Adverting watchdog draws the line at misleading Botox promotion

Companies fall foul of advertising rules for ‘misleading’ posts on Facebook and Instagram

Complaints against two companies concerning anti-wrinkle treatment have  been upheld by the Advertising Standards Authority of Ireland. File photograph: Getty Images

Complaints against two companies concerning anti-wrinkle treatment have been upheld by the Advertising Standards Authority of Ireland. File photograph: Getty Images

 

The Advertising Standards Authority of Ireland (ASAI) upheld five complaints against advertisers according to its latest quarterly bulletin.

In one complaint upheld by the authority, posts on the Facebook page of the Eden Medical Group were deemed to be misleading.

The page featured before and after anti-wrinkle treatment photographs.

The complainant noted the posts in question to be misleading. She said it was her opinion that the before treatment photographs had featured the client with scrunched up features to make it appear that post treatment, when the client appeared with a relaxed expression, that all the lines and crevices had disappeared as a result of having the anti-wrinkle treatment.

A similar complaint was upheld against the Sisu Aesthetic Clinic in Cork, which had posted photographs to Instagram that the complainant deemed misleading.

The post was accompanied by before and after treatment photographs of the Client. It read : “You saw in yesterday’s video how delighted . . . is with her anti-wrinkle injections and Botox from Sisu. Why not treat yourself to a bit of transformation too? Call . . . to make your appointment.”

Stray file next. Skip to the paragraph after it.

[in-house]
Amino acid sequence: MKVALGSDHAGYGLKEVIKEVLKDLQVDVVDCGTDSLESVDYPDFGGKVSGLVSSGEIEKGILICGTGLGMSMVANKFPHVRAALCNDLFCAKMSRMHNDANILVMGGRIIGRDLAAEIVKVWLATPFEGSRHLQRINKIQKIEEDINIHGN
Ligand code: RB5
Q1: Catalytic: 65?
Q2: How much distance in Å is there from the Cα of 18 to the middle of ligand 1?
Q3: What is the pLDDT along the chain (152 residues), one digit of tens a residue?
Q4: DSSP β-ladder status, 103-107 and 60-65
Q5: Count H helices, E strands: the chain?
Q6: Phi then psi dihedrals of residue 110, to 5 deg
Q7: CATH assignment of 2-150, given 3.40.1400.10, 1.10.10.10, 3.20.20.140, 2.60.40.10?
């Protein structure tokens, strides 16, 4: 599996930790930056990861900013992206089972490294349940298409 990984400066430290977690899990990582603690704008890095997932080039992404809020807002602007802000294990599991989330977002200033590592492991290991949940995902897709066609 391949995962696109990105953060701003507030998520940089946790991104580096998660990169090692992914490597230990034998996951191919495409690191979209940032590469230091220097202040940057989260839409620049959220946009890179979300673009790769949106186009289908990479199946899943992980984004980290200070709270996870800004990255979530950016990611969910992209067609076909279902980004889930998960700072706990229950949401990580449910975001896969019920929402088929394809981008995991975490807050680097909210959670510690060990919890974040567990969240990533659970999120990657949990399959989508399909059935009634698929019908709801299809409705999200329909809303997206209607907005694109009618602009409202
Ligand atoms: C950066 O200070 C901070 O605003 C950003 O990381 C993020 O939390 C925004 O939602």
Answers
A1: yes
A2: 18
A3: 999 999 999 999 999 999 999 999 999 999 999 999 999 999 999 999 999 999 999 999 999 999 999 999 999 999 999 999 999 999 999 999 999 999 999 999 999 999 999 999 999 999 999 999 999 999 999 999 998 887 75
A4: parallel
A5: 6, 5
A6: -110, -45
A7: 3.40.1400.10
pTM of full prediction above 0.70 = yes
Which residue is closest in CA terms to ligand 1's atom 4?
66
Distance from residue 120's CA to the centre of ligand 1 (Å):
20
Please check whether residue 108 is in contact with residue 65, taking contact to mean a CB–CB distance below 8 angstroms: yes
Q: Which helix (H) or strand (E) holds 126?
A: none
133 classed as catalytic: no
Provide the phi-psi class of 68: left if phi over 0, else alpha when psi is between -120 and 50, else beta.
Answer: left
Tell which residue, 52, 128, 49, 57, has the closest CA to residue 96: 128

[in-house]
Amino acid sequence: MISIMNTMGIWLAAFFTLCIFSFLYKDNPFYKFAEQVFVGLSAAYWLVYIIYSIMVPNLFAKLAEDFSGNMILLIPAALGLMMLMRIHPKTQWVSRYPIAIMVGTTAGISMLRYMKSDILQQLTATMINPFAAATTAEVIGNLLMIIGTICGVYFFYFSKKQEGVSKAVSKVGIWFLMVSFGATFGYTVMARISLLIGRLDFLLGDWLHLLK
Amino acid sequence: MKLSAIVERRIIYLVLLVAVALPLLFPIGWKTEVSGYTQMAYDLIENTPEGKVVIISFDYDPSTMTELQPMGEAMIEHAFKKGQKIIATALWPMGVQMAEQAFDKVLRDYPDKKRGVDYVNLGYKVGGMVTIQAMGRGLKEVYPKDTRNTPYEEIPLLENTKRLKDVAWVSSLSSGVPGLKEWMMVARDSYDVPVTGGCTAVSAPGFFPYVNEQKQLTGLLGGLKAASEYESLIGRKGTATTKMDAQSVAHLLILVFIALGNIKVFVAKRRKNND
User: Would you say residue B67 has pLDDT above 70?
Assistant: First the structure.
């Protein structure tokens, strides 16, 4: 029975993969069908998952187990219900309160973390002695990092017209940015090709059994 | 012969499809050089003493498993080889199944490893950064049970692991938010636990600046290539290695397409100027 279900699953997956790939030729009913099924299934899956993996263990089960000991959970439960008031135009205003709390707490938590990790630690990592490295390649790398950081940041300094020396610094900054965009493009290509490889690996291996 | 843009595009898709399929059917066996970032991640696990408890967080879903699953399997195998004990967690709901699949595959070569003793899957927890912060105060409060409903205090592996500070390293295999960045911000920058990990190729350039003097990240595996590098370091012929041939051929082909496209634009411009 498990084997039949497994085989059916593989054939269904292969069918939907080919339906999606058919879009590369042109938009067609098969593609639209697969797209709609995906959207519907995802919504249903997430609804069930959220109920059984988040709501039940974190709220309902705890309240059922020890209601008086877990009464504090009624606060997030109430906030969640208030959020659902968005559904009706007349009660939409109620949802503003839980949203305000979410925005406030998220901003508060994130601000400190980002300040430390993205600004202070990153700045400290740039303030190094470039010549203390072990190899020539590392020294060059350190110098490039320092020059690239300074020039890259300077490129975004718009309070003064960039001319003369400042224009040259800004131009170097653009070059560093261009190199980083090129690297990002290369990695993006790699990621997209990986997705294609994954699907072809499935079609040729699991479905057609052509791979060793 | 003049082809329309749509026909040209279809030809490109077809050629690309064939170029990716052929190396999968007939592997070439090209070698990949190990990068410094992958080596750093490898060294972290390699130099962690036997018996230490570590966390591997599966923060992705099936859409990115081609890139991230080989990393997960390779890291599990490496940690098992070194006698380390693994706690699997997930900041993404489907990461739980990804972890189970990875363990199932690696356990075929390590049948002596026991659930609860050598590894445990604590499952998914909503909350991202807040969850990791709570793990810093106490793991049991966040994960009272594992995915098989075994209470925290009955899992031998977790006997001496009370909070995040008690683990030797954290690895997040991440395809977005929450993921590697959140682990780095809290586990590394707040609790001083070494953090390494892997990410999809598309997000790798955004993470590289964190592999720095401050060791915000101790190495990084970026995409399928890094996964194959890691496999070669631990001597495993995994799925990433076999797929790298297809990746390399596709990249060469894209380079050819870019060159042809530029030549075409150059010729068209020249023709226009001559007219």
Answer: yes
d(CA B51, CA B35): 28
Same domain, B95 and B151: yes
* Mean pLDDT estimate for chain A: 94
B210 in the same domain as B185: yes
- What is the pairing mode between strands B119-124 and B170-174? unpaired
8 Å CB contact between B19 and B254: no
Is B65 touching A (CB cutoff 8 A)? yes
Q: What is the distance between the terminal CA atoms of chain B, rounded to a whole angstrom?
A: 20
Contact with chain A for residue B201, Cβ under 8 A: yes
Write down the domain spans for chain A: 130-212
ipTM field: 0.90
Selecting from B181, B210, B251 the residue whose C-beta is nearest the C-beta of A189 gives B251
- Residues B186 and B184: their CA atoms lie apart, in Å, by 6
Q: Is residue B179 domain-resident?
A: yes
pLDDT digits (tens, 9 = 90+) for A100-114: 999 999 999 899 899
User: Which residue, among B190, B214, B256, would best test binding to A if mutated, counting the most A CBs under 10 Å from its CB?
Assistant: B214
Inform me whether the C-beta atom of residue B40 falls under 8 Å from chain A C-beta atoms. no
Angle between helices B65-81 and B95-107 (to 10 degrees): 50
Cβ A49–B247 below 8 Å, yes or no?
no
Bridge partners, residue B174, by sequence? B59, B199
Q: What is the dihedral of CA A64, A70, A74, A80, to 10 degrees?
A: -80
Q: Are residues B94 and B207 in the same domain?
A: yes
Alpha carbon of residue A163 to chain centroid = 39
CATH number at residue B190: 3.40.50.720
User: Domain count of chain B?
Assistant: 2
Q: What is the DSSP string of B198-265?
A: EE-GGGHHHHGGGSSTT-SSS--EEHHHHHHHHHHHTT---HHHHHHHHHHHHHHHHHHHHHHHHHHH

In the before-treatment picture the client’s forehead was set in a frown. In the second after-treatment image the client’s forehead was set in a relaxed pose.

The complainant said the “before” treatment photographs had a model’s face scrunched up and frowning to emphasise her wrinkles, while in the after anti-wrinkle treatment photographs her face appeared to be far more relaxed.

The ASAI committee considered use of the before photographs in this case did not depict normal appearance of the wrinkles. They were, therefore, likely to mislead as to the actual impact of the treatment on the appearance of the wrinkles.

There were two complaints against Hidden Hearing. In one, the complainant claimed on hearing an advertisement he rang to get an appointment as one of 25 volunteers to test the new hearing equipment. But when he went for his appointment, he was not provided with new equipment to test as indicated. Instead he said he was given a “hard sell” for a hearing aid which cost €4,700.

A second complainant applied to be one of the volunteers for the trial after getting a text from the company. He was told that in order to take part in the trial he would have to purchase a hearing aid up front.

There was also a complaint partly upheld against the Irish Greyhound Board over an advertisement that referenced gambling, but which the complainant said had not included any reference to responsible gambling. The ASAI ruled the radio advert must not reappear in its current form as it should include a responsibility message.

The advertising watchdog did not uphold a complaint against EBS which questioned whether it had been in existence since 1935 as it claimed in an advertisement. The advertisements read: “EBS have being bringing mortgages home since 1935, that’s what makes them the ‘Mortgage Masters’ ”.

The complainant said the building society ceased to exist on July 1st, 2011. After being granted a banking licence, and demutualising, they became EBS Limited, a subsidiary of AIB.

In September 2016, EBS Limited re-registered as a designated activity company as required under the Companies Act.

The committee concluded that the advertising was unlikely to materially mislead consumers and did not uphold the complaint.